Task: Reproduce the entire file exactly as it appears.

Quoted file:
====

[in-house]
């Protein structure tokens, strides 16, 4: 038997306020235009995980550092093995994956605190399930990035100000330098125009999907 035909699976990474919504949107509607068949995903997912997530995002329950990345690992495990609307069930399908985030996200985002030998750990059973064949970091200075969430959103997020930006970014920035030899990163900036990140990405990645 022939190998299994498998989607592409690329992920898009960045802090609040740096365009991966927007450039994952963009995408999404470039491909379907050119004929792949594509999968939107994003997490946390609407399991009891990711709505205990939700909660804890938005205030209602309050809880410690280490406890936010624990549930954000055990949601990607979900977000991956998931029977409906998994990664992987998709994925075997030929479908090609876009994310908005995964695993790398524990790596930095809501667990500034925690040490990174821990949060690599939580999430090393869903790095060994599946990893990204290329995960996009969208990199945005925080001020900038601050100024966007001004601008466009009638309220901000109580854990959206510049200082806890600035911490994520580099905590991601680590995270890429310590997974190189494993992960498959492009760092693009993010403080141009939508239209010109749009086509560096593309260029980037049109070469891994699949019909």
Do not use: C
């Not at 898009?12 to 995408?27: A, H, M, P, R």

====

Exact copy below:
[in-house]
């Protein structure tokens, strides 16, 4: 038997306020235009995980550092093995994956605190399930990035100000330098125009999907 035909699976990474919504949107509607068949995903997912997530995002329950990345690992495990609307069930399908985030996200985002030998750990059973064949970091200075969430959103997020930006970014920035030899990163900036990140990405990645 022939190998299994498998989607592409690329992920898009960045802090609040740096365009991966927007450039994952963009995408999404470039491909379907050119004929792949594509999968939107994003997490946390609407399991009891990711709505205990939700909660804890938005205030209602309050809880410690280490406890936010624990549930954000055990949601990607979900977000991956998931029977409906998994990664992987998709994925075997030929479908090609876009994310908005995964695993790398524990790596930095809501667990500034925690040490990174821990949060690599939580999430090393869903790095060994599946990893990204290329995960996009969208990199945005925080001020900038601050100024966007001004601008466009009638309220901000109580854990959206510049200082806890600035911490994520580099905590991601680590995270890429310590997974190189494993992960498959492009760092693009993010403080141009939508239209010109749009086509560096593309260029980037049109070469891994699949019909």
Do not use: C
């Not at 898009?12 to 995408?27: A, H, M, P, R």